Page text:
Be clear about what behaviors you want to stop. The other person may still do those things. Remind them of the line you've drawn. If they continue to push, consider taking a break.

Encourage the other person

Be supportive as the other person tries out new interests. Be patient – the process takes time.

Codependency is sometimes called "relationship addiction." When you're codependent, you're focused on another person and your relationship to the point that you ignore your own needs and wants. Some codependent relationships involve an underlying problem with one person, such as substance abuse or mental illness. Codependency can occur in romantic relationships, families, and friendships. Therapy can help break patterns of codependency, which are often rooted in your childhood. You can also take steps on your own, such as focusing on your own goals, developing your self-esteem, and becoming more assertive.

What does codependency look like?

If you're codependent, you look for things outside yourself to boost your sense of self-worth. Taking care of another person or "rescuing" them might make you feel good initially. But eventually, you may feel resentment because you're focused on the other person instead of what you want. The other person in the relationship might appear to benefit from your caretaking, but your actions might be preventing them from dealing with their own problems.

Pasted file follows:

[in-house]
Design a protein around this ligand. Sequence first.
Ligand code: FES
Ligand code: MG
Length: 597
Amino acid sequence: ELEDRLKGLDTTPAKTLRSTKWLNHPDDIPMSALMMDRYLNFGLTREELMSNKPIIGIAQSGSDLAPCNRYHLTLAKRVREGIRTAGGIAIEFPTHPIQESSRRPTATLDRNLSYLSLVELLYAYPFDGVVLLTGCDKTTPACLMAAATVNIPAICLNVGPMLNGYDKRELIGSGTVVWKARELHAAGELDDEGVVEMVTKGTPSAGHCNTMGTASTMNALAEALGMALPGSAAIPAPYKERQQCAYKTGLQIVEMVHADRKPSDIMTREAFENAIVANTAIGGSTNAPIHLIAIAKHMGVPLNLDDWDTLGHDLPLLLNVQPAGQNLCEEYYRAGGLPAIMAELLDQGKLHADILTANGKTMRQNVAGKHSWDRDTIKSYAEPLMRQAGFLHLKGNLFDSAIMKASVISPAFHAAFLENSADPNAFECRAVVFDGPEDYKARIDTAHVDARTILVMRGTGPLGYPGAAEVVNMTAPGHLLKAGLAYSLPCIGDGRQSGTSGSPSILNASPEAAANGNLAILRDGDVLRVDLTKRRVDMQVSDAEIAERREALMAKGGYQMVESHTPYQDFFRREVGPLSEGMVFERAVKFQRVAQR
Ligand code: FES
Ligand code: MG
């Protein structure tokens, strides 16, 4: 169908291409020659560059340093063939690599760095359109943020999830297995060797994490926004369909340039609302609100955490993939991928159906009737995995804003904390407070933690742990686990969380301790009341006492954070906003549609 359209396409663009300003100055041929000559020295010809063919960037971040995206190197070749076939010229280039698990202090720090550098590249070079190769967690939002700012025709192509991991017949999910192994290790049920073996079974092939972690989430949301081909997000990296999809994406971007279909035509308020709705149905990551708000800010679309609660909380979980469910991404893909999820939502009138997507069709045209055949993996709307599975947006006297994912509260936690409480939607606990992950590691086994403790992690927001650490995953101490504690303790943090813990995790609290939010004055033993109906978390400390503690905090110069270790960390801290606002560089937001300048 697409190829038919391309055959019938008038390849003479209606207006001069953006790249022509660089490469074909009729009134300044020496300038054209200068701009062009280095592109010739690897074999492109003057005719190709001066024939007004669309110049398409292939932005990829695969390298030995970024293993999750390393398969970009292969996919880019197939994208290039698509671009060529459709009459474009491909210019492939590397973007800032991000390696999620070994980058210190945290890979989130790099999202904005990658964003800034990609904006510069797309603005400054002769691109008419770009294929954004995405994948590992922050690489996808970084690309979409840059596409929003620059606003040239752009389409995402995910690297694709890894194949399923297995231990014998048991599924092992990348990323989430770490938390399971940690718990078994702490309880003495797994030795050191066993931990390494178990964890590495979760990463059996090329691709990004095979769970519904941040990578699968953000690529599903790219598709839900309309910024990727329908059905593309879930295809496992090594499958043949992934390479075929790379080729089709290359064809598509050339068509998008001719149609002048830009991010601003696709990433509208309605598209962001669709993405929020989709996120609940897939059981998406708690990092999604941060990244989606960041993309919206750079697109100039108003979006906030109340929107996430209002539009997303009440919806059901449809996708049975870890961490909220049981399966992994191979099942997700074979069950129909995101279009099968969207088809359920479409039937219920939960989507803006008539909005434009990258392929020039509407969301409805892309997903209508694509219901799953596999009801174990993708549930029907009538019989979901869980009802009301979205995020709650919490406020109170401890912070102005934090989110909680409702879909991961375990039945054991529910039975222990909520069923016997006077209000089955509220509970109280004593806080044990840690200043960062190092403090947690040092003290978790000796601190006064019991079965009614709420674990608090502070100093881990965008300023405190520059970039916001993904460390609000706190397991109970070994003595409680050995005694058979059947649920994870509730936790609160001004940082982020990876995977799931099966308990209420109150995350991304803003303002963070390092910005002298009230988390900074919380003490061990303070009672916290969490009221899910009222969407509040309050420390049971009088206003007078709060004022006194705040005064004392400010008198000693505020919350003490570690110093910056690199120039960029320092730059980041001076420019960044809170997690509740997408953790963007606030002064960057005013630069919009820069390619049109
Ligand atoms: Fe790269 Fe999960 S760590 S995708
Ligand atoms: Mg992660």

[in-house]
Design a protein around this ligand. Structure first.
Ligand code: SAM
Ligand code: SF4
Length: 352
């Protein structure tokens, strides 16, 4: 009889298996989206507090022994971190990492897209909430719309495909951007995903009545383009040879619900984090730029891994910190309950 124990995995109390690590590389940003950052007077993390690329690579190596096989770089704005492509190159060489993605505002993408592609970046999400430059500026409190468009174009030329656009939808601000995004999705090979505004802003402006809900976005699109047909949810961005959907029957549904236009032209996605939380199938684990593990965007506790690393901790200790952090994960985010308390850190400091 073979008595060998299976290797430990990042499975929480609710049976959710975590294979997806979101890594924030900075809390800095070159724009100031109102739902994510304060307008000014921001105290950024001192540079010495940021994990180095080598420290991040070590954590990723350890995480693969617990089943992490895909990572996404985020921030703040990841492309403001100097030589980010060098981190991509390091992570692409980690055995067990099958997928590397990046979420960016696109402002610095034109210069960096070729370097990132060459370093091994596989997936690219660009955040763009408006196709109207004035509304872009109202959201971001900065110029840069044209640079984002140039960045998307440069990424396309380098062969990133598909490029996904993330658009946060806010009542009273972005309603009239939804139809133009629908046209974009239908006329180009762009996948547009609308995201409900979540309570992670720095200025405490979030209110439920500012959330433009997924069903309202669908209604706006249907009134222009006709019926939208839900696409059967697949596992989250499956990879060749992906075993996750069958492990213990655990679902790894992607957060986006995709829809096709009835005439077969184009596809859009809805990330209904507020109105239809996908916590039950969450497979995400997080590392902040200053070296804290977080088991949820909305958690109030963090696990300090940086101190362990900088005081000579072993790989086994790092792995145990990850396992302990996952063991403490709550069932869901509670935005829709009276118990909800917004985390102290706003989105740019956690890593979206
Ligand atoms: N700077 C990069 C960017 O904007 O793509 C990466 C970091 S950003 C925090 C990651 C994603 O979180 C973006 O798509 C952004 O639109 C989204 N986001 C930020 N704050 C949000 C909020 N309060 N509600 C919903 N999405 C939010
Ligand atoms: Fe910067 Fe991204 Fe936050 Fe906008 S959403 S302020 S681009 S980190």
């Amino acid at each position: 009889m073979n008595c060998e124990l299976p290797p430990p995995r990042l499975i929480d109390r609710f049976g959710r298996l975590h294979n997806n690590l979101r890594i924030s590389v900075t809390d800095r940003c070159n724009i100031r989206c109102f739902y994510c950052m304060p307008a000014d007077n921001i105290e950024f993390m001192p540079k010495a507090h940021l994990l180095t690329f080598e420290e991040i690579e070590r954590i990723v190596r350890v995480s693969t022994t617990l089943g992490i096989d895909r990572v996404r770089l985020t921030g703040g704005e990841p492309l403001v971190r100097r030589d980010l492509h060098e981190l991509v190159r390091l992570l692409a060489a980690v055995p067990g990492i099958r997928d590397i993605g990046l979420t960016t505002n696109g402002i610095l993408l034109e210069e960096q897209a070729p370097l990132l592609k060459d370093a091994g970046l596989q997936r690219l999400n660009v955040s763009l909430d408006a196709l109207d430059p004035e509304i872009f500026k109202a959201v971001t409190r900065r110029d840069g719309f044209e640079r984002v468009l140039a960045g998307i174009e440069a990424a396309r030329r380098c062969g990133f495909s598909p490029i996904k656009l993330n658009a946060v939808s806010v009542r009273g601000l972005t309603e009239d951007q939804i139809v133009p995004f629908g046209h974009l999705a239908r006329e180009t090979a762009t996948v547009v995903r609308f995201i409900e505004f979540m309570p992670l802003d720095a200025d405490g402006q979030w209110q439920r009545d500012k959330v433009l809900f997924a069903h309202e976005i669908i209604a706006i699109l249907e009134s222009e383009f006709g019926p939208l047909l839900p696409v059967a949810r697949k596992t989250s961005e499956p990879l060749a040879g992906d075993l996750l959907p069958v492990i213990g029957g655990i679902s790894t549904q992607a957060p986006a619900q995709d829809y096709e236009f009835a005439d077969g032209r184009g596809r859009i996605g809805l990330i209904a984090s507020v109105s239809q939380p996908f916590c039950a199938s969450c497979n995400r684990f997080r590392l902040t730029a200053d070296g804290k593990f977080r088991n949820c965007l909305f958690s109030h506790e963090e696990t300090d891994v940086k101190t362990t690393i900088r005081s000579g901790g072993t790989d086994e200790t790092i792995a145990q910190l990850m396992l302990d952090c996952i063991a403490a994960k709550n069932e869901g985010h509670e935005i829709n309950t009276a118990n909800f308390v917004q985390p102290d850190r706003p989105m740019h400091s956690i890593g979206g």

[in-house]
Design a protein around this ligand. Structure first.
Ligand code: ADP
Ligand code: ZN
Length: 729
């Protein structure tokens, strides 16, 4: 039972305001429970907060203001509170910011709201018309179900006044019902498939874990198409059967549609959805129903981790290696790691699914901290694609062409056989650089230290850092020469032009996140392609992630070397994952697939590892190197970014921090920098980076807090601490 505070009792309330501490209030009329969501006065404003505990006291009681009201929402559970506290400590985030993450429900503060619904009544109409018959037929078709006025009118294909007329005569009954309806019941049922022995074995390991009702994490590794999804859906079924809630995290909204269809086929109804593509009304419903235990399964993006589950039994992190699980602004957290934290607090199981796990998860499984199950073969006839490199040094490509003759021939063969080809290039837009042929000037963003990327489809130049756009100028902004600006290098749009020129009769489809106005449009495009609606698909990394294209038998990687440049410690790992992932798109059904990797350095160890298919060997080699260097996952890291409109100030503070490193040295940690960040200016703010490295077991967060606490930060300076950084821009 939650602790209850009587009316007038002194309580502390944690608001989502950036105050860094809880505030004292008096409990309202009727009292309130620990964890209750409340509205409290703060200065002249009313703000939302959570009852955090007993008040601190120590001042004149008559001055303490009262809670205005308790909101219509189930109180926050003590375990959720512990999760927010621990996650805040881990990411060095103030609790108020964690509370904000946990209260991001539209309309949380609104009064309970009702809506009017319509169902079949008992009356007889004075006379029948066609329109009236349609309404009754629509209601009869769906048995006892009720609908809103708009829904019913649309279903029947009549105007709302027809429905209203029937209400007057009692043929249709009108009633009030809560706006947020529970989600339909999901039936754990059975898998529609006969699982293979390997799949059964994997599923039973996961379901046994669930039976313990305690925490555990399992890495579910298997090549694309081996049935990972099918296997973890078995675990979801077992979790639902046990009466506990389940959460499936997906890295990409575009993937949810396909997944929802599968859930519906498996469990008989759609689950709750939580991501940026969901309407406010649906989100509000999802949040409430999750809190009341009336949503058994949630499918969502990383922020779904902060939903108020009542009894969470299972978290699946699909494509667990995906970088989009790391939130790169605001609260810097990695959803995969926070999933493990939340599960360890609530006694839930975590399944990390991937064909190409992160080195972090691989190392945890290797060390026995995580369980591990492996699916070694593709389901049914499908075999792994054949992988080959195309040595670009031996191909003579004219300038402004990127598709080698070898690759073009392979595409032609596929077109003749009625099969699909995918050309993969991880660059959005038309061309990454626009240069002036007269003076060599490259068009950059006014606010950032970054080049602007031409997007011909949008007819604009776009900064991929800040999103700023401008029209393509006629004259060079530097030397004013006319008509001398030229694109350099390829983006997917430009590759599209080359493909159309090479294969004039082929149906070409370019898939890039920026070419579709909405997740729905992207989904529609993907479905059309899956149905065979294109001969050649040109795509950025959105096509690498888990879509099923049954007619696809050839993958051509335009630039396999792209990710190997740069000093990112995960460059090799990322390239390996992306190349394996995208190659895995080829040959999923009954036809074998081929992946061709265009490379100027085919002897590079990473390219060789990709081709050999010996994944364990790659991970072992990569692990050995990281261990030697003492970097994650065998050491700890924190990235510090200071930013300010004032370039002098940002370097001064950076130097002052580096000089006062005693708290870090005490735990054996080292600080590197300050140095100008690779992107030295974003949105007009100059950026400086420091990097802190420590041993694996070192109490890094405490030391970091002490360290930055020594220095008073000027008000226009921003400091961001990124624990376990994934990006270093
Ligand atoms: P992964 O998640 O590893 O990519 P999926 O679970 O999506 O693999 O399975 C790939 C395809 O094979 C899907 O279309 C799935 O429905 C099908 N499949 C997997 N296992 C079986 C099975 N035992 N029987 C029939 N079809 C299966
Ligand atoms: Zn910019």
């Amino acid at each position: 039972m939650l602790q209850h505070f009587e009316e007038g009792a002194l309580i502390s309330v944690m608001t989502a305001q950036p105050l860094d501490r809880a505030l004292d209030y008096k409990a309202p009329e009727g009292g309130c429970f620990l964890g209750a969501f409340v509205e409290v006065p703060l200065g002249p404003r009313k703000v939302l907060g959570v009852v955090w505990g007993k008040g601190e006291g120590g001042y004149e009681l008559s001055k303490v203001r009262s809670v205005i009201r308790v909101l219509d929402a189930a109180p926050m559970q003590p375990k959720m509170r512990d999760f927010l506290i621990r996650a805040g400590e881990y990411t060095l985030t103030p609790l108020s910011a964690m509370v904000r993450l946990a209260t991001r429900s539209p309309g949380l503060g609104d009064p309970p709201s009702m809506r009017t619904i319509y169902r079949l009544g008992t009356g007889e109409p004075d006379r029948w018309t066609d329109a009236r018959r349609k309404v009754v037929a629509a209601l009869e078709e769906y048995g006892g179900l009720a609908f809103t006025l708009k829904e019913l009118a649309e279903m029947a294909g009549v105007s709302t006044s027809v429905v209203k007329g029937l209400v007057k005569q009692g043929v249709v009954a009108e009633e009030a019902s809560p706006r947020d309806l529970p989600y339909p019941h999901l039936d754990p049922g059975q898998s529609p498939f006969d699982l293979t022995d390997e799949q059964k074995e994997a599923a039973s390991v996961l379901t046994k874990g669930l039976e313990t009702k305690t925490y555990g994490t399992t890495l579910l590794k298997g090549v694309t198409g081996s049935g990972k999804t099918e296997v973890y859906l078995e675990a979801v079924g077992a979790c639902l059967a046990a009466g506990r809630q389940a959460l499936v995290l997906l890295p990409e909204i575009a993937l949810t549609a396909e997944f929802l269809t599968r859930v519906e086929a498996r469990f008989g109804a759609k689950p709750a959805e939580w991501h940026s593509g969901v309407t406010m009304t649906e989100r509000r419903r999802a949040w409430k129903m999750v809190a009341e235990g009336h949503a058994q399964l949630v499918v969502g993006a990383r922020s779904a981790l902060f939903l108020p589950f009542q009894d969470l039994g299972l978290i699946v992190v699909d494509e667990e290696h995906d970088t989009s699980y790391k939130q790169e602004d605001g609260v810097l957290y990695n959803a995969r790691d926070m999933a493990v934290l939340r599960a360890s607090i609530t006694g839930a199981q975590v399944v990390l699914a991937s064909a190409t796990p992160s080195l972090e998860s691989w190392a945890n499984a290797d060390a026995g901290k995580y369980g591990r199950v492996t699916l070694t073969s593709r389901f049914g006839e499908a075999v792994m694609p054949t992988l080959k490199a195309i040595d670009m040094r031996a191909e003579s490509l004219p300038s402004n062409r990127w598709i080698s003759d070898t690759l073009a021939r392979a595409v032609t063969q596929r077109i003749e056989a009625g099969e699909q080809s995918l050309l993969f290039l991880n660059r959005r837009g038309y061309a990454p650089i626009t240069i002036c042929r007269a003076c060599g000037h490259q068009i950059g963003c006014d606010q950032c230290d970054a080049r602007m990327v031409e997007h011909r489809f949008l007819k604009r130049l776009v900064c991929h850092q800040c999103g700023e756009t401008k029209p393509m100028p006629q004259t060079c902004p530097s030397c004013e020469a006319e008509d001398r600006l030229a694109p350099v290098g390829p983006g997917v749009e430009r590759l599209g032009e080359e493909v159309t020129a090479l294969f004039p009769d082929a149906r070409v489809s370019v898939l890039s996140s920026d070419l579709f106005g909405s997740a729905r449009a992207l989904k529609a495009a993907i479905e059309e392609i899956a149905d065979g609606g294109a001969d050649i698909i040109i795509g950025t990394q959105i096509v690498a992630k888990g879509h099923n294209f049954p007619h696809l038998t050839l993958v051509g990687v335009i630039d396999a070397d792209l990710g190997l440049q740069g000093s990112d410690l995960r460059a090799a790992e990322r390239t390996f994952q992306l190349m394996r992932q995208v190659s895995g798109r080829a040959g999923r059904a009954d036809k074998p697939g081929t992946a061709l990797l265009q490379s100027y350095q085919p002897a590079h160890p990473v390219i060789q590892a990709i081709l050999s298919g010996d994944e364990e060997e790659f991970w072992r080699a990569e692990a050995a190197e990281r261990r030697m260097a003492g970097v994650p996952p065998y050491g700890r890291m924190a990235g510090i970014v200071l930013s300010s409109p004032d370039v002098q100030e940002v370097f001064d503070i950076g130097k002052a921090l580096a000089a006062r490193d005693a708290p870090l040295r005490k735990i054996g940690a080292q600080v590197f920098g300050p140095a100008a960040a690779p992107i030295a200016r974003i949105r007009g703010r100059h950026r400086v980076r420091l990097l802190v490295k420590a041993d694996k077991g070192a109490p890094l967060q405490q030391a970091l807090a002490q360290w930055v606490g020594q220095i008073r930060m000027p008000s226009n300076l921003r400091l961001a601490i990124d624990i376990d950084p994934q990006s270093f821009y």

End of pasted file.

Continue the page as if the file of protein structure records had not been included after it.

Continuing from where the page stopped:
How does codependency develop?

Many factors go into a codependent relationship. You may be repeating patterns you saw in childhood because you grew up in a family that placed too much value on self-sacrifice, or because your family covered up problems rather than facing them. Sometimes an underlying issue, such as substance abuse, plays a role.

How does a codependent person feel?

Codependent people are often anxious and have a strong need for others to approve of them. They may fear being abandoned by people close to them, which leads them to ignore their own needs. They may try to control others. Over time, they may become angry and resentful.